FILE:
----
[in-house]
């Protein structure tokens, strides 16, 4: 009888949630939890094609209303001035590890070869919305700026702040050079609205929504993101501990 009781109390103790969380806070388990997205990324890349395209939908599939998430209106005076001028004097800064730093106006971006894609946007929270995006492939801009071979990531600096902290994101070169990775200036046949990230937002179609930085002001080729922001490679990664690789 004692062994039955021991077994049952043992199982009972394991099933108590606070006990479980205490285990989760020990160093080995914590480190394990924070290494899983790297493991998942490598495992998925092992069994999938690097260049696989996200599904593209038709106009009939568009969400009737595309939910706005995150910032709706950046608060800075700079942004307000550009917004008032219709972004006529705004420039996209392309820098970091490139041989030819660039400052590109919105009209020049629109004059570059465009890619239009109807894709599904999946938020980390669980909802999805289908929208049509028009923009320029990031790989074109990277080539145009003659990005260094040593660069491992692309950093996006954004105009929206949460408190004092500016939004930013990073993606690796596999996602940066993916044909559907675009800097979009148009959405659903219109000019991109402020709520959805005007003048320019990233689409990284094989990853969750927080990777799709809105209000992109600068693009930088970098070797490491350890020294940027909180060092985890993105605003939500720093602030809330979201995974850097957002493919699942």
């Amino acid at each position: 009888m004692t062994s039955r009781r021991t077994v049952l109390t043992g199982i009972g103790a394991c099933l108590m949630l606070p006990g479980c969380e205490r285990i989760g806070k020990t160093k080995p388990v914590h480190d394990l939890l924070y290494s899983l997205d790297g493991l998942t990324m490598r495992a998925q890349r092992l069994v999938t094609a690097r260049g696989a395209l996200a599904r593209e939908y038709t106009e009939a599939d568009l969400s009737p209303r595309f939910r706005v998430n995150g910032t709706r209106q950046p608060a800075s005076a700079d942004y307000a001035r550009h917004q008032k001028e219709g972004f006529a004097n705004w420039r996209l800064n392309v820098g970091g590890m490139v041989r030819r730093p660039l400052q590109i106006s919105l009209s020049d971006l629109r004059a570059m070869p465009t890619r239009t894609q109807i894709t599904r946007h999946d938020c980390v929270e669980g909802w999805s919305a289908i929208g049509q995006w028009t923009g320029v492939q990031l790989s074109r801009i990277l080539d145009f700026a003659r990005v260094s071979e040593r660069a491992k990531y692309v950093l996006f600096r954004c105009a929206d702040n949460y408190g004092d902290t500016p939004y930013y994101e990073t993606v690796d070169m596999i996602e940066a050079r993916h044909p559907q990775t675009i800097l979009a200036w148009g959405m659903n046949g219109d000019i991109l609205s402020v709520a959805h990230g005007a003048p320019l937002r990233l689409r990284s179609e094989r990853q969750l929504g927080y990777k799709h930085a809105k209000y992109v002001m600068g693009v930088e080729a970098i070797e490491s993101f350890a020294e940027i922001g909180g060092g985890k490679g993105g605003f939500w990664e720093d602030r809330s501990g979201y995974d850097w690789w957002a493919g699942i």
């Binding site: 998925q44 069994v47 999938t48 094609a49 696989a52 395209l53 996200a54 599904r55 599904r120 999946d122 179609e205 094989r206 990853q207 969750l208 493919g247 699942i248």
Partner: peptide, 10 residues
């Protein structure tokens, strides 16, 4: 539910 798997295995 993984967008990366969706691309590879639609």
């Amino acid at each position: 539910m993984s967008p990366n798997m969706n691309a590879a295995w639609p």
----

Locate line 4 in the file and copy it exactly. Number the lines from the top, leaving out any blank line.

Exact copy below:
């Binding site: 998925q44 069994v47 999938t48 094609a49 696989a52 395209l53 996200a54 599904r55 599904r120 999946d122 179609e205 094989r206 990853q207 969750l208 493919g247 699942i248």